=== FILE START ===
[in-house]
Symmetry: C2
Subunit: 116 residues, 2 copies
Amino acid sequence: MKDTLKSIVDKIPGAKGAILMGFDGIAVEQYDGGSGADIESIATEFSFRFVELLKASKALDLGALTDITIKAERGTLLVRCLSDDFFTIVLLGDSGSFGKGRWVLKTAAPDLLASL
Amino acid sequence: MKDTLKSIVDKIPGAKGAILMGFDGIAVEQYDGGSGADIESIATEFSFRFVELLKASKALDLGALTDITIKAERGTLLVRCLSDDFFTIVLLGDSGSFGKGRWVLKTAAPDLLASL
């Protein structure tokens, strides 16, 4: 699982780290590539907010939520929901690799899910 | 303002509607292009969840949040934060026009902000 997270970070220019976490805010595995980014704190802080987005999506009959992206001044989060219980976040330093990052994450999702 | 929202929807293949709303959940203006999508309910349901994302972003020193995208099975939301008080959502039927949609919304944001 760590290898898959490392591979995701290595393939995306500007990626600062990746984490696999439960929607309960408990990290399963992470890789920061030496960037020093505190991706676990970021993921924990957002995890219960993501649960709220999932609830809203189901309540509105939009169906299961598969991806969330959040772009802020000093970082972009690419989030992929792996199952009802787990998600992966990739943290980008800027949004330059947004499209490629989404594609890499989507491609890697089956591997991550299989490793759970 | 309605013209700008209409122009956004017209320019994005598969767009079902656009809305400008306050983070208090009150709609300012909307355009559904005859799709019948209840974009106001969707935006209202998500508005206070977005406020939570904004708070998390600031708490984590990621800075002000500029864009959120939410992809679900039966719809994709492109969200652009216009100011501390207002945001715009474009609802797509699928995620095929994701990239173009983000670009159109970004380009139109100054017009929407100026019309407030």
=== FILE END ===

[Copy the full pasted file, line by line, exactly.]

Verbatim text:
[in-house]
Symmetry: C2
Subunit: 116 residues, 2 copies
Amino acid sequence: MKDTLKSIVDKIPGAKGAILMGFDGIAVEQYDGGSGADIESIATEFSFRFVELLKASKALDLGALTDITIKAERGTLLVRCLSDDFFTIVLLGDSGSFGKGRWVLKTAAPDLLASL
Amino acid sequence: MKDTLKSIVDKIPGAKGAILMGFDGIAVEQYDGGSGADIESIATEFSFRFVELLKASKALDLGALTDITIKAERGTLLVRCLSDDFFTIVLLGDSGSFGKGRWVLKTAAPDLLASL
């Protein structure tokens, strides 16, 4: 699982780290590539907010939520929901690799899910 | 303002509607292009969840949040934060026009902000 997270970070220019976490805010595995980014704190802080987005999506009959992206001044989060219980976040330093990052994450999702 | 929202929807293949709303959940203006999508309910349901994302972003020193995208099975939301008080959502039927949609919304944001 760590290898898959490392591979995701290595393939995306500007990626600062990746984490696999439960929607309960408990990290399963992470890789920061030496960037020093505190991706676990970021993921924990957002995890219960993501649960709220999932609830809203189901309540509105939009169906299961598969991806969330959040772009802020000093970082972009690419989030992929792996199952009802787990998600992966990739943290980008800027949004330059947004499209490629989404594609890499989507491609890697089956591997991550299989490793759970 | 309605013209700008209409122009956004017209320019994005598969767009079902656009809305400008306050983070208090009150709609300012909307355009559904005859799709019948209840974009106001969707935006209202998500508005206070977005406020939570904004708070998390600031708490984590990621800075002000500029864009959120939410992809679900039966719809994709492109969200652009216009100011501390207002945001715009474009609802797509699928995620095929994701990239173009983000670009159109970004380009139109100054017009929407100026019309407030």